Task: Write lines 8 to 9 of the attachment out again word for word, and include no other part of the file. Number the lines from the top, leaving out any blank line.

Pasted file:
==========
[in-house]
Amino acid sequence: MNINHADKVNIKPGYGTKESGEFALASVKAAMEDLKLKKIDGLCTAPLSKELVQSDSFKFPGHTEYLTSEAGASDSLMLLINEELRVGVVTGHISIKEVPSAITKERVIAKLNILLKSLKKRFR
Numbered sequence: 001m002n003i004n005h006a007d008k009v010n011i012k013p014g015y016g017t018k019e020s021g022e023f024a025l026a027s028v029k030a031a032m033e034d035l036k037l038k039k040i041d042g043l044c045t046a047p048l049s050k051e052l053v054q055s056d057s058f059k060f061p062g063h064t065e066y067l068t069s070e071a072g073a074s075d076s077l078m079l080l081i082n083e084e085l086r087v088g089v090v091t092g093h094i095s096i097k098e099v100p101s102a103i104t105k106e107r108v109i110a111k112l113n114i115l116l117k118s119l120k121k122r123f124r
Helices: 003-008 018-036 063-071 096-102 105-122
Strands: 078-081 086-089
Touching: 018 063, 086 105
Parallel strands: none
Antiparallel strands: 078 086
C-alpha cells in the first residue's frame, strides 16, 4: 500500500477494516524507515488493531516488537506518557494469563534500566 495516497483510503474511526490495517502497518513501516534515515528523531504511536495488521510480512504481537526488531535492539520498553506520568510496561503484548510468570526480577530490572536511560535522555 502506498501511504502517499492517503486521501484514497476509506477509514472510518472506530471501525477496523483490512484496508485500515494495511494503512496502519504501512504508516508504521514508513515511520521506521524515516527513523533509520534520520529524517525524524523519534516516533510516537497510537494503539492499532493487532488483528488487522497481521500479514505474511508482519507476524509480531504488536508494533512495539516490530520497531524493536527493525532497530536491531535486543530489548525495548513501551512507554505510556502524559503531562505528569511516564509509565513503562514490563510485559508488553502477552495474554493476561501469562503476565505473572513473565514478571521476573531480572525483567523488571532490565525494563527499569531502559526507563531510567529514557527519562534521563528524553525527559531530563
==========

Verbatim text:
Antiparallel strands: 078 086
C-alpha cells in the first residue's frame, strides 16, 4: 500500500477494516524507515488493531516488537506518557494469563534500566 495516497483510503474511526490495517502497518513501516534515515528523531504511536495488521510480512504481537526488531535492539520498553506520568510496561503484548510468570526480577530490572536511560535522555 502506498501511504502517499492517503486521501484514497476509506477509514472510518472506530471501525477496523483490512484496508485500515494495511494503512496502519504501512504508516508504521514508513515511520521506521524515516527513523533509520534520520529524517525524524523519534516516533510516537497510537494503539492499532493487532488483528488487522497481521500479514505474511508482519507476524509480531504488536508494533512495539516490530520497531524493536527493525532497530536491531535486543530489548525495548513501551512507554505510556502524559503531562505528569511516564509509565513503562514490563510485559508488553502477552495474554493476561501469562503476565505473572513473565514478571521476573531480572525483567523488571532490565525494563527499569531502559526507563531510567529514557527519562534521563528524553525527559531530563